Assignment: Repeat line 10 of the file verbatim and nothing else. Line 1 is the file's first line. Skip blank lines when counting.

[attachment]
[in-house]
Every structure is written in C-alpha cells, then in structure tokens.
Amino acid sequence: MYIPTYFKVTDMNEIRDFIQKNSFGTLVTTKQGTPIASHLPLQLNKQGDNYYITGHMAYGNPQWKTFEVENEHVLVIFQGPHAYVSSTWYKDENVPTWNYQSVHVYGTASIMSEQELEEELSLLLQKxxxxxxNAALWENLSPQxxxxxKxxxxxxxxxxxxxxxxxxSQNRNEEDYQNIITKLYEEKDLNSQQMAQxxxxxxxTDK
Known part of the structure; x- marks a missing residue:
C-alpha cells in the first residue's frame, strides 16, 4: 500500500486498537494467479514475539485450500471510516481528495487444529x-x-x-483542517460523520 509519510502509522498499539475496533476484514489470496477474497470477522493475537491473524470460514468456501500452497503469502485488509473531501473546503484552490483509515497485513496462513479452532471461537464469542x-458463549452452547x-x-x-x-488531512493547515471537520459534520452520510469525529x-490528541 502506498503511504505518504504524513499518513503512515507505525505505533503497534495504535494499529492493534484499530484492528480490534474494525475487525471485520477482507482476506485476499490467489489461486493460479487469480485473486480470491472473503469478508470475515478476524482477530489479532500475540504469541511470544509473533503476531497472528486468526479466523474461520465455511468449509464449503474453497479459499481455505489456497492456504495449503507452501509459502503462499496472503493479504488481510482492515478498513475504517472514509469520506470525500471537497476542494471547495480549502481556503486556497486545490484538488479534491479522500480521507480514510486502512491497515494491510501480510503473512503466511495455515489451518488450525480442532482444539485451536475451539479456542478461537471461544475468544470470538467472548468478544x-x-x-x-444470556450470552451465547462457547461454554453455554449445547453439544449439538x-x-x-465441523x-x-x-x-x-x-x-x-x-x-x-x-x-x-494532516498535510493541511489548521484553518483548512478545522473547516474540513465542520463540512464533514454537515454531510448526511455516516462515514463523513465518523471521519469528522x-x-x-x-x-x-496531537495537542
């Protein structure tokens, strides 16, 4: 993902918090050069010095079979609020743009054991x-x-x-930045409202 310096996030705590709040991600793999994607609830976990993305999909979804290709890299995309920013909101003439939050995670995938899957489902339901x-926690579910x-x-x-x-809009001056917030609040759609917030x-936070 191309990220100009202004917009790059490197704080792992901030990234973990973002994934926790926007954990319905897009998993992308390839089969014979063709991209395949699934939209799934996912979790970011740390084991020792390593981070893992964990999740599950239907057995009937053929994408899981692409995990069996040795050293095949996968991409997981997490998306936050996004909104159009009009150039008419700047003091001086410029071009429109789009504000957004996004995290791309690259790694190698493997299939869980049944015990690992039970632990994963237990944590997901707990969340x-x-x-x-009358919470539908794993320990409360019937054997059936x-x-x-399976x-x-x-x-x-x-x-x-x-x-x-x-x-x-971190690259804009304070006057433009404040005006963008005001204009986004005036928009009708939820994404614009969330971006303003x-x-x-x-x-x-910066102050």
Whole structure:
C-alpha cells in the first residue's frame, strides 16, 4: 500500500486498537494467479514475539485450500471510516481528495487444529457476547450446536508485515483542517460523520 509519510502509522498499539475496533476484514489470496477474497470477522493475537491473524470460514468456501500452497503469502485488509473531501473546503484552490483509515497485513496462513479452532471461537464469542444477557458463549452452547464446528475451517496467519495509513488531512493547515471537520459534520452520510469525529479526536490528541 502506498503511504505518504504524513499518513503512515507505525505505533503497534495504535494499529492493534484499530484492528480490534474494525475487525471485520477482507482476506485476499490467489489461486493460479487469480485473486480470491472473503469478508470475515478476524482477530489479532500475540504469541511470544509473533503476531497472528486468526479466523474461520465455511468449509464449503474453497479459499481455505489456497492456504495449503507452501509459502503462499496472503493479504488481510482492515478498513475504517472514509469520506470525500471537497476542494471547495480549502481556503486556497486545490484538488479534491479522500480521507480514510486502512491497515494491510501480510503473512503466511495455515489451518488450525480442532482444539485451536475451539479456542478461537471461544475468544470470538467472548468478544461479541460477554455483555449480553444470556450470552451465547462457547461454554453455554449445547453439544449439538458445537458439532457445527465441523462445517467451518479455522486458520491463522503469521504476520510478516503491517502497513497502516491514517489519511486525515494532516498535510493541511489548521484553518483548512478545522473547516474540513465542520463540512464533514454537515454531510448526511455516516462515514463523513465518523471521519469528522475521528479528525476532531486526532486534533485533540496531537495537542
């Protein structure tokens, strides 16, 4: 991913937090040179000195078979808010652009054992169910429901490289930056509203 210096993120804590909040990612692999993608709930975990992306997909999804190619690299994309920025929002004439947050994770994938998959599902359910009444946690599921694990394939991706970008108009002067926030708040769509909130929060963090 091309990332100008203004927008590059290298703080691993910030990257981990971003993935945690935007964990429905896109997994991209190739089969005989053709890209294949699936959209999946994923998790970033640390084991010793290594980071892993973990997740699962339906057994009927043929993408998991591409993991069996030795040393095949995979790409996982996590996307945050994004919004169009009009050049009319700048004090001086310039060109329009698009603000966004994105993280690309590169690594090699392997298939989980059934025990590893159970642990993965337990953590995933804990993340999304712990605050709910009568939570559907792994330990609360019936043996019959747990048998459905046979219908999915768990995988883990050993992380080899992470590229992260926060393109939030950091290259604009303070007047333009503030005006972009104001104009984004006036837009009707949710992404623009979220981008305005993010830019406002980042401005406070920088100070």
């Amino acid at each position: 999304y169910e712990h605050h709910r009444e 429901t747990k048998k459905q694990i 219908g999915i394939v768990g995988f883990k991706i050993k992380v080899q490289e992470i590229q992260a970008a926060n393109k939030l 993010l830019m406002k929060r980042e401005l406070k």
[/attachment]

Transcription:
């Amino acid at each position: 999304y169910e712990h605050h709910r009444e 429901t747990k048998k459905q694990i 219908g999915i394939v768990g995988f883990k991706i050993k992380v080899q490289e992470i590229q992260a970008a926060n393109k939030l 993010l830019m406002k929060r980042e401005l406070k």